Watching the suffering or pain of our fellow humans is distressing, but at the root of the distress is an important word: stress. Stress has a negative connotation but plays a huge role in spurring our bodies and minds forward to avoid or remedy unfavorable situations. Stress, at its heart, is meant to help us, but it’s easy to have too much of it–which is where we run into problems.
Being distressed at the suffering of others is meant to spur us into action, whether it’s actively helping or actively listening (or even choosing to be passive) in a situation for which it is called. It helps us display and practice compassion. Just like having too much stress, having too much compassion can lead to overload; and again, this is where we can run into complications.
As anyone who works in any of the medical fields (all of it, including physical, mental, dental, and veterinary), the police force, military, or cares for special needs family members can tell you: it’s easy to get burnt out from having to be compassionate all the time. This phenomenon is a real thing, and it’s called compassion fatigue. It’s different than true burn out but shares many similarities…only with more guilt. It usually falls onto people who have a great desire to help. It sneaks up on you. The fatigue is real, but the desire to help doesn’t go away. Instead, you still show up to all the situations because you still want to help, but you are astounded that after seeing the tenth heart-wrenching scenario before your eyes in one day…you don’t feel compassion anymore. You feel numb.
Compassion fatigue is such a hot topic among healthcare workers, in particular, that they have conferences and seminars designed to help you recognize the signs of compassion fatigue before it actually gets to the point where you are going through the motions with no real emotional investment in what you’re doing anymore. I’ve been to such a conference and found it very helpful, as I identified several zones that we go through before we get to the “breaking point.” Much like traffic lights, there are green, yellow, and red zones, and conferences use simple tools like helping you break down areas in your life and habits that fit in each zone. Knowing your warning signs is an important way of knowing when to stop, when to ask for help, and when to take a break.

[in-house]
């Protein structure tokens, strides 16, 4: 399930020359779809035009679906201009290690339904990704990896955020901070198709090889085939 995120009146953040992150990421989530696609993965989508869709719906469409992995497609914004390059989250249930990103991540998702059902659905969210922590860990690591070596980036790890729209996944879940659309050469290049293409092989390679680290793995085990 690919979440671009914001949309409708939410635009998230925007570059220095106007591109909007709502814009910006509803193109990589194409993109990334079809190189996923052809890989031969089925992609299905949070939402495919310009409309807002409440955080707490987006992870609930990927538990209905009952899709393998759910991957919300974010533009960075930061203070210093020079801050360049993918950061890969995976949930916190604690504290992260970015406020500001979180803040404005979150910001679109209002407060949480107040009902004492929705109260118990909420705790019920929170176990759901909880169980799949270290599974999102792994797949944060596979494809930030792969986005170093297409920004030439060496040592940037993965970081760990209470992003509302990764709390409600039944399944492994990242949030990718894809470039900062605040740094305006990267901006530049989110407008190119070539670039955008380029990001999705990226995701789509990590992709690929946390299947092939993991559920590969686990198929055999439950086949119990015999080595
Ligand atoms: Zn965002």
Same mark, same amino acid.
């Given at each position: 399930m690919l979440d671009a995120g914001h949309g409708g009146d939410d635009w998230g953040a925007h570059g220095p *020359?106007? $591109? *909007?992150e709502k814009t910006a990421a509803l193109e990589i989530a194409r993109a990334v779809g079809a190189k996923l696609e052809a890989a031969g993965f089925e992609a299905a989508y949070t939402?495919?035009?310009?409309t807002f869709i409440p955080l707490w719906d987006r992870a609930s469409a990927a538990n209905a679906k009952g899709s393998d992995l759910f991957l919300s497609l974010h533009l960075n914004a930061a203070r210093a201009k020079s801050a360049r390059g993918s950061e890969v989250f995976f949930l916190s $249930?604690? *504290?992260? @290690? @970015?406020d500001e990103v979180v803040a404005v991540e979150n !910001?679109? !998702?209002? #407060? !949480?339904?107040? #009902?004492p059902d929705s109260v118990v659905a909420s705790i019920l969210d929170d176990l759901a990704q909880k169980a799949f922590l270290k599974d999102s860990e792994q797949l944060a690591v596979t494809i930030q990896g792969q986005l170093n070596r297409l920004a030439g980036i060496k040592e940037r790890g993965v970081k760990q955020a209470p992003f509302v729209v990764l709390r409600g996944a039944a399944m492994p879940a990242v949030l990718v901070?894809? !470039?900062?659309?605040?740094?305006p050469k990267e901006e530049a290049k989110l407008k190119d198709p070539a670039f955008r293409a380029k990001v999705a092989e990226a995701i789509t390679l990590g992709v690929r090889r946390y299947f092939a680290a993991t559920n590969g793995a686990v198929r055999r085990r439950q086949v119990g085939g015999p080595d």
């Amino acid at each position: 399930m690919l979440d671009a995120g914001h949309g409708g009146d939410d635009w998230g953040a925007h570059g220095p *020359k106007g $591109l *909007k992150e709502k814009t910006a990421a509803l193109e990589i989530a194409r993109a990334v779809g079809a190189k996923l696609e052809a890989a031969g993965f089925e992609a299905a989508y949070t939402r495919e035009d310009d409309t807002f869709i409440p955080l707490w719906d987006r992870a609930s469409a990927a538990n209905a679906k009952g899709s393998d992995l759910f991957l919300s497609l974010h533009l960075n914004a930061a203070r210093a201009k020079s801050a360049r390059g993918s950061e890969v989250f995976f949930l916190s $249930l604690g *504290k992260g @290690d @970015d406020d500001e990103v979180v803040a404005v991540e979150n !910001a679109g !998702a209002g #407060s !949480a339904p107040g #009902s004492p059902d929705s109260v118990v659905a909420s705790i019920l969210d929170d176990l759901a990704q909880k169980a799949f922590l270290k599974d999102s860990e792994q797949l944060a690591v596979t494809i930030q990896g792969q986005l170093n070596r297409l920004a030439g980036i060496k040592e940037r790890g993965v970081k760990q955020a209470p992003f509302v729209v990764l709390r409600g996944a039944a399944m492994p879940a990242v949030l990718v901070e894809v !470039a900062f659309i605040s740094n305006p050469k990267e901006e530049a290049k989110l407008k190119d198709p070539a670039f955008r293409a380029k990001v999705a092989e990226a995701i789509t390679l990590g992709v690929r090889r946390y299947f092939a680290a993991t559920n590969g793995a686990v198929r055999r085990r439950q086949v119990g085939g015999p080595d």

Research from 2018 in the journal Frontiers in Psychology explores that the risk and symptoms of compassion fatigue may be reduced by engaging in compassion meditation sessions. The researchers followed 24 participants who were in a line of work where they were exposed to others’ suffering routinely. For two weeks, the participants were asked to do 30 minutes of compassion meditation or a technique called reappraisal training. Reappraisal training teaches the person to re-interpret their own reactions to stressful situations by decreasing their negative emotional attachments to the events.
Compassion meditation focused on visualizing people who were suffering and developing an objective and calm reaction, followed by visualizing people in their lives with whom they had conflict and practicing caring and desiring to help those people.
To test if the sessions were working, researchers used brain scans while the participants viewed footage of people in distress while they practiced their new techniques. The researchers also tracked the eye movements of the participants to see if they were able to focus on areas of suffering in the photos or footage.
Compared to those with no compassion meditation or re-appraisal techniques, the participants were able to look more directly at visual input of suffering. Their brain scans revealed that there was less activity in the areas of the brain that are active during personal emotional stress. The amygdala, orbitofrontal cortex, and insula are areas that become activated during emotional distress and cause withdrawal and visual aversion from the situation.
Much like exercising a muscle or practicing mindfulness for other conditions, participants were able to cope more effectively with stressful situations after just 2 weeks of practicing these techniques. It’s important to note they weren’t taught emotional detachment from the events—instead their compassion and sympathy were still an important part of their mental exercises.
The desire to help others is fundamental to human nature, but it sometimes leads us into situations that can erode our emotional boundaries over time. Techniques like these will gain new ground in helping those on the front lines (also sometimes on the backlines or just those with a stressful home situation), so that we can take care of ourselves and our communities better. This will help us stop the detrimental effects of compassion fatigue and keep others’ compassion intact for the true gift it was meant to be.
Helen Y. Weng, Regina C. Lapate, Diane E. Stodola, et al. Visual Attention to Suffering After Compassion Training Is Associated With Decreased Amygdala Responses. Frontiers in Psychology, 2018; 9 DOI: 10.3389/fpsyg.2018.00771